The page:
On TV, I have a news space with a good level of freedom at Channel 22, a state supported cultural network.
I have to say that private corporations have increased freedom and independence but without transforming the legal framework of concessions, the government still can blackmail private TV and radio corporations with their licensing process.
In my view, the oligopolistic structure of TV and radio broadcasting has to change and a more transparent and open system has to be set up.
Channel 40 (
The state-run systems in each Mexican state (there are 32 state and same number of radio and TV systems) play a very important role but they need a clear legal system with supervision of society and local congresses must regulate the operation of these regional state systems.
What are my final comments and not necessary my conclusions. The relation between Mexican “politicos” and media has changed in the last 20 years, in some cases due to material transformations as the end of the state monopoly of paper in 1998 or more political reasons as the political reform in 1976-1977, the advance of the electoral dimension of democracy, very clear since the 1990’s and evidently after the presidential election of 2000.
Also, I have to say that we have today a more professionalized career journalists and important role of independent commentators such as academic experts (this is a interesting phenomena that needs a deeper analysis, academics have transited from academia to editorial comments and then to political power at government level or the IFE, Instituto Federal Electoral top positions).
The truly radical reform to the legal framework for media will be to set up a transparent regime of concessions and accountability. The re-enforcement of public guideness for supervision and new legal order is needed.
A change in the policy for private investments is much needed. This means more legal security for investors and at the same time, public opinion and citizen involvement in the supervision of radio and TV concessions.
The time, efforts and talent dedicated to “infoentertainment” has to be discussed without affecting freedom of expression and original creativity. Rigorous analysis is needed in order to avoid abuse of “sensational” programs that manipulate human feelings and fears of the public. These efforts must be linked to implementing new ethics code and social responsibility of the media and to provide a real assessment of its educational and cultural impact.
The great risk in
However, we do not perceive a dichotomy between public and private. Especially for Latin American that needs to consider the model of state supported radio and TV such as the BBC in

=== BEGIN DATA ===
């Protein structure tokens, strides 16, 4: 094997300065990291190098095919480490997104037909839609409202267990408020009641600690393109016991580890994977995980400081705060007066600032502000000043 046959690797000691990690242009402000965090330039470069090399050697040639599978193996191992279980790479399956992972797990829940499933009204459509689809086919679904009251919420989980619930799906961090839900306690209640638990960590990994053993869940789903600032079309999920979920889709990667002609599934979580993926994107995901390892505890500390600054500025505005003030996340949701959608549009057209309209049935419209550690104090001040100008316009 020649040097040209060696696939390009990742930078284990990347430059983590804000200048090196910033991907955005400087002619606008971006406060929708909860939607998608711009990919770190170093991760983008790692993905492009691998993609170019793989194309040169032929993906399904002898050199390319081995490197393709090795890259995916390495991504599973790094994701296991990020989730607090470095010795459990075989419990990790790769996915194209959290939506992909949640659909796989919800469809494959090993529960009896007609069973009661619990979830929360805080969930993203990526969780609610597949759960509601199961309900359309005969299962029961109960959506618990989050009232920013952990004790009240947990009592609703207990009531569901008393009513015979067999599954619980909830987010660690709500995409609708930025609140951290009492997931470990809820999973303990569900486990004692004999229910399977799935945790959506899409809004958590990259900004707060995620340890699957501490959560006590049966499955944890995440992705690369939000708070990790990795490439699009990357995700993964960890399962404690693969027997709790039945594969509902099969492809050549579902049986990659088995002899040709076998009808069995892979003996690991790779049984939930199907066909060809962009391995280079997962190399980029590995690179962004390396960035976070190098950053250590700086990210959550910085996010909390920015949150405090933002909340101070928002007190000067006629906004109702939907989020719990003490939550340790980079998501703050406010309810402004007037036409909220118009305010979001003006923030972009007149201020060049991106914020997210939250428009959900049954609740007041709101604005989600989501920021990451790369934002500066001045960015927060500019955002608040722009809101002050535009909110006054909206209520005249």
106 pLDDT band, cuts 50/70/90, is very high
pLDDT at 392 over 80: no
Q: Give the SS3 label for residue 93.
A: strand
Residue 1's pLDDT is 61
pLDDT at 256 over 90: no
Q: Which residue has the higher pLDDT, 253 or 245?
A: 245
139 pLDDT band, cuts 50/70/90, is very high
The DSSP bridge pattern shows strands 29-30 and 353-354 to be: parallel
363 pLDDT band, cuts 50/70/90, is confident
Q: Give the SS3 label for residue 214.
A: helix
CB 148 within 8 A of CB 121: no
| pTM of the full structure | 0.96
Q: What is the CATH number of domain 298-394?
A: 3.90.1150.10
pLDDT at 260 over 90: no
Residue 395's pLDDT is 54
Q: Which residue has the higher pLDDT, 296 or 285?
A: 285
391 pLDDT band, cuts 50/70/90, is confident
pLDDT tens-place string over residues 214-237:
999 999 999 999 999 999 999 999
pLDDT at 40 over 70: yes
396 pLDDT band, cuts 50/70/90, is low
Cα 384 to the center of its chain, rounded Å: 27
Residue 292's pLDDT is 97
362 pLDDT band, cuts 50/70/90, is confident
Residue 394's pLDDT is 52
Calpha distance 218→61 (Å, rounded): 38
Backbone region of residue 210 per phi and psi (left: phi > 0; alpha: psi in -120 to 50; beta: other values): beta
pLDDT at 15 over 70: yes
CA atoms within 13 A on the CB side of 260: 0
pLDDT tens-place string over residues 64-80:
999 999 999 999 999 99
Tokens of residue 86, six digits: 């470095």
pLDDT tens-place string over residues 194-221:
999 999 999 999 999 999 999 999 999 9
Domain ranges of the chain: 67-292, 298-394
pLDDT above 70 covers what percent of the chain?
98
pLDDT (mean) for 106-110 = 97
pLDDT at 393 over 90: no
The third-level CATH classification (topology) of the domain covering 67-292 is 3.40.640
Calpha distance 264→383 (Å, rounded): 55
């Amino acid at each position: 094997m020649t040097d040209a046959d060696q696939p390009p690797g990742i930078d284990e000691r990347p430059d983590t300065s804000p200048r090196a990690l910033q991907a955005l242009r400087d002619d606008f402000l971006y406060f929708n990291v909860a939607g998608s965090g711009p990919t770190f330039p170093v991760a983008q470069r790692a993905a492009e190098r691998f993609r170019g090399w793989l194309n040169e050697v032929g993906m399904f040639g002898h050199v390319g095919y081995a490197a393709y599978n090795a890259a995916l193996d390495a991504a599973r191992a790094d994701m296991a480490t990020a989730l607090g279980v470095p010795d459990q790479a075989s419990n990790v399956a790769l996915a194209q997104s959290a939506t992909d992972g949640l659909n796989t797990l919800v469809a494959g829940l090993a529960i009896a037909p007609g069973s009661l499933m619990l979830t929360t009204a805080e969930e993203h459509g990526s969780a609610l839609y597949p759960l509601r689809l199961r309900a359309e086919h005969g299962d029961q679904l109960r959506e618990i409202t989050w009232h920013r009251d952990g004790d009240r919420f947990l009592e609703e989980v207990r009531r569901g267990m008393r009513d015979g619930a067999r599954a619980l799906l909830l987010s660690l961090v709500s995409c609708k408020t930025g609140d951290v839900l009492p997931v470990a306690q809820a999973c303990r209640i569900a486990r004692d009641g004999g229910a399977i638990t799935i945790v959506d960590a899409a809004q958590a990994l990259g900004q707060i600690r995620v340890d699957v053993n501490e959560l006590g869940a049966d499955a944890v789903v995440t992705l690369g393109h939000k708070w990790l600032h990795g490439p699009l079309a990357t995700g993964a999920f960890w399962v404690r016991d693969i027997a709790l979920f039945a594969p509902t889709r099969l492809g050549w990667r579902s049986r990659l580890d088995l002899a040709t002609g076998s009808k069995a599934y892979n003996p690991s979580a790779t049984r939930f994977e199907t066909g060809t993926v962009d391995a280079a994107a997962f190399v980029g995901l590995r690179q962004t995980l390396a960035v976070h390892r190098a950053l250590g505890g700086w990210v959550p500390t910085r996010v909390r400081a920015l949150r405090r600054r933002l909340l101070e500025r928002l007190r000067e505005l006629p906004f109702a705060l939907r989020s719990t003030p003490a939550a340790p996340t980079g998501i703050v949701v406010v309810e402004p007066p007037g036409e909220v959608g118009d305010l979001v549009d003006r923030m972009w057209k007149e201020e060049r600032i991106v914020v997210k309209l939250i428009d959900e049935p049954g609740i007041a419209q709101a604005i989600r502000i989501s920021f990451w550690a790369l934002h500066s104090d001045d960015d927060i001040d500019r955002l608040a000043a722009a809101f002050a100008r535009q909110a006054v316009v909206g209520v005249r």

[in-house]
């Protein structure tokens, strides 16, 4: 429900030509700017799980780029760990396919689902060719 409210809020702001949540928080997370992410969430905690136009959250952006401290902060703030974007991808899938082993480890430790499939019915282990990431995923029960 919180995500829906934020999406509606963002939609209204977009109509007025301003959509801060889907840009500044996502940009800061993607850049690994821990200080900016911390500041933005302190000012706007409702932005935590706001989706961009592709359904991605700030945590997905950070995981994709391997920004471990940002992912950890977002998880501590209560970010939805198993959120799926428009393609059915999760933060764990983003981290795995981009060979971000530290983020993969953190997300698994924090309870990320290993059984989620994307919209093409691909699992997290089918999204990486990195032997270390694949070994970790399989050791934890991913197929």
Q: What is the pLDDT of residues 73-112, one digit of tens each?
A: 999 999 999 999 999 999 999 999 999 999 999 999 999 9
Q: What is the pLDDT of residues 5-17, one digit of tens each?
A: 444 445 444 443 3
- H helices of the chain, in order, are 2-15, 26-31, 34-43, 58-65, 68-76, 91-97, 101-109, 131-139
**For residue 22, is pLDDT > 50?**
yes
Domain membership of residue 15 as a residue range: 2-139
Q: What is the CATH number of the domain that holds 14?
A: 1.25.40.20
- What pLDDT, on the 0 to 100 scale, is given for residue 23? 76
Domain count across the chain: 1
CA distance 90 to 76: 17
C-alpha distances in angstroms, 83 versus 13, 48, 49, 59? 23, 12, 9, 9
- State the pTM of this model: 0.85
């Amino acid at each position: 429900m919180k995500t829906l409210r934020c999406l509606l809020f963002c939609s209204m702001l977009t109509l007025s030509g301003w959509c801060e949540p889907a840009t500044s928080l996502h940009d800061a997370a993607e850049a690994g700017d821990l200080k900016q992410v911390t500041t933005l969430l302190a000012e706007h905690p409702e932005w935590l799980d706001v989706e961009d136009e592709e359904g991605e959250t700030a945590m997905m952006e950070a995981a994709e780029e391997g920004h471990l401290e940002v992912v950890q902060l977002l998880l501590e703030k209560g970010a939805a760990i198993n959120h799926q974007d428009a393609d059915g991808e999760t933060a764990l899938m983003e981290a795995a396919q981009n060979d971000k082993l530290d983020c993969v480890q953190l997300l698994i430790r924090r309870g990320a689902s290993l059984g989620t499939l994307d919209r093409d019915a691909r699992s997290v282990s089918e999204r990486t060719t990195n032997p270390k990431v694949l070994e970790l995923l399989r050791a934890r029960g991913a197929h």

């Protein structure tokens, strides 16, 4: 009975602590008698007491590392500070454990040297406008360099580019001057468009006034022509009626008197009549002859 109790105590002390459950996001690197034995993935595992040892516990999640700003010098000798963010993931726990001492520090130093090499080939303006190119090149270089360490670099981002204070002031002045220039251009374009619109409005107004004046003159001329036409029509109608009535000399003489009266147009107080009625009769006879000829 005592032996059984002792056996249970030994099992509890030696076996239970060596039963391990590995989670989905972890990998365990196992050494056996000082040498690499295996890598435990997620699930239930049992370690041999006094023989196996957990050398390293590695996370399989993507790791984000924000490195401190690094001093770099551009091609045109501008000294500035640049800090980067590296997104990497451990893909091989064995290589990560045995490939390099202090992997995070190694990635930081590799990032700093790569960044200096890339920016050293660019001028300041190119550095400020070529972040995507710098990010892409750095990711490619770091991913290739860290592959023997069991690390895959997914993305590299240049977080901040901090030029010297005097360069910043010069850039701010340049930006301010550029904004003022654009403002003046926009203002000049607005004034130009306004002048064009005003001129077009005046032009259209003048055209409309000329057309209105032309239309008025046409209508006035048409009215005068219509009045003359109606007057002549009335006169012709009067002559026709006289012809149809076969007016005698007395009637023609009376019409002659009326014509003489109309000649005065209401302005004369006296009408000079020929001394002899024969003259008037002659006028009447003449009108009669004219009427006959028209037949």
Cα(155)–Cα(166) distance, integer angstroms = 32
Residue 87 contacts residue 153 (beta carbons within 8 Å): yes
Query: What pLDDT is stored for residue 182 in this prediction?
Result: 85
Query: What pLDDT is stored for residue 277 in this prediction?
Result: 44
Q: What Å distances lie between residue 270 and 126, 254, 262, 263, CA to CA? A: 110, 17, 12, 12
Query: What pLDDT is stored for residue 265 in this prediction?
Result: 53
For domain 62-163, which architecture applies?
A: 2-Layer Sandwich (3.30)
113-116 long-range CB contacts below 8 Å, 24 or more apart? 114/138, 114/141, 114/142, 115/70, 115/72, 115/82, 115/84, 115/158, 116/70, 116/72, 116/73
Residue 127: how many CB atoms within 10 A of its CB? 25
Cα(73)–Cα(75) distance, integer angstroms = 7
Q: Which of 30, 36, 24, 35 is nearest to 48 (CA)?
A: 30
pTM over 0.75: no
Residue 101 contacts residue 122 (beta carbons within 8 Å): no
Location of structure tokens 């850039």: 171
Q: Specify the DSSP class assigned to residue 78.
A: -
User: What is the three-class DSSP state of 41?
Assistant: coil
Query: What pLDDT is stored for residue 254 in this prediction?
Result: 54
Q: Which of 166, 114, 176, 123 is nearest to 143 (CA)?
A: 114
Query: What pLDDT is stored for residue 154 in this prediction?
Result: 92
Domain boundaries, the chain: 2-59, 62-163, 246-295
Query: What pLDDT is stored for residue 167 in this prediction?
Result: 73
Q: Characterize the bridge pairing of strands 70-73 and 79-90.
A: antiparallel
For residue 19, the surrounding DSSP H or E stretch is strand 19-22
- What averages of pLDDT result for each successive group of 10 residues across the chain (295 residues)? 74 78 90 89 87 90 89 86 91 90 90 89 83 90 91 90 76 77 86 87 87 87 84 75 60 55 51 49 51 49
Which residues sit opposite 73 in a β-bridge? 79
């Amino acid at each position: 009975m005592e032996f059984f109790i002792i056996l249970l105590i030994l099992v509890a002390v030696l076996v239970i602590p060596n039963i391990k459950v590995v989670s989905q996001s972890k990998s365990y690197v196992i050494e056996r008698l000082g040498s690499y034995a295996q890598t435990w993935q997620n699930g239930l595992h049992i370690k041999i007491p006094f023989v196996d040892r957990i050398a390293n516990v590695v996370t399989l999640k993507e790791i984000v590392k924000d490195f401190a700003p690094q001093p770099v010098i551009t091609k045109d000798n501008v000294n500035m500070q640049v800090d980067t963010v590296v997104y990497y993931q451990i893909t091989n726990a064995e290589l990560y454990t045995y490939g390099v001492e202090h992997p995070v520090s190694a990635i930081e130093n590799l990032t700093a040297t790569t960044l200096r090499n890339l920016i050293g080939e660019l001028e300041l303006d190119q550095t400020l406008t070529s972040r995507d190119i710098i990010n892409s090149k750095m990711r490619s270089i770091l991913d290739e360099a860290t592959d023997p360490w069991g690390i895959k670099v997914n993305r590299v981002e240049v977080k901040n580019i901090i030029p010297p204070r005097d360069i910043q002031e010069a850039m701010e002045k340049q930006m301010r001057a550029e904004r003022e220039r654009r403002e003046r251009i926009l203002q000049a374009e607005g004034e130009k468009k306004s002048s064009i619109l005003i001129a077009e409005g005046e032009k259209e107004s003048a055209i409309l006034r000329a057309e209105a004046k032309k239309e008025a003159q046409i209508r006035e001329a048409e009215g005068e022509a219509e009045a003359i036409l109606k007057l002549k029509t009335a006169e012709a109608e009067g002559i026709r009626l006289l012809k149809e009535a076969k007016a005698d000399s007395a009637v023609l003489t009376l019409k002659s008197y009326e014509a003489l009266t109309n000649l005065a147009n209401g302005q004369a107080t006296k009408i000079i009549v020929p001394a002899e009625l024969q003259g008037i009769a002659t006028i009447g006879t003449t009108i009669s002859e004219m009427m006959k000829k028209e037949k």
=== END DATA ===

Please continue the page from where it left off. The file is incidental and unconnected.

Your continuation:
Now let me do the final remarks in Spanish in order that you get my original voice in my native language:
La exigencia ciudadana en México para que sus representantes políticos le rindan cuentas ha crecido consistentemente en el último cuarto de siglo y una de las entidades que se hacen eco y/o propician este proceso han sido los medios.
La función periodística primigenia, aquella que señala que deben establecerse como contrapoder dentro de una sociedad, no se entendería sin otro proceso simultáneo y largamente anhelado: el empoderamiento democrático de la ciudadanía.
Por primera vez en nuestra historia como nación el poder se comparte. A querer o no los políticos tienen que hacerlo, por mandato entre las tres ramas de gobierno y los órganos autónomos constitucionales, y por instinto de sobrevivencia con la ciudadanía, tornada en opinión pública cuando se habla de los medios.
Ese es el dilema presente en el gobierno del Presidente Vicente Fox. Los políticos, aún los liberalizadores, desean una democracia que los mantenga en el poder y se indignan cuando ésta se vuelve contra ellos. Intentan aferrarse al poder mientras pueden, pero llega un momento en que deben optar entre dejar un paso atrás y restablecer el autoritarismo y seguir avanzando hacia la emancipación autoritaria.
Por supuesto que estos no son procesos ni acabados ni de una sola vez. Los hechos van delante de una revisión jurídica indispensable que transforme las normas no escritas entre los medios y la política que, aunque han cambiado de lo que existía durante buena parte del siglo 20, aún no tienen forma legal.
La mejor forma conocida de evitar la impunidad en cualquiera de los dos ingredientes de la ecuación medios/política sería dándole marco jurídico, y por supuesto, haciendo que la ley se cumpla, como dice el maestro Miguel Carbonell viviendo en constitución en este rubro, esa, es la asignatura pendiente para el siglo 21.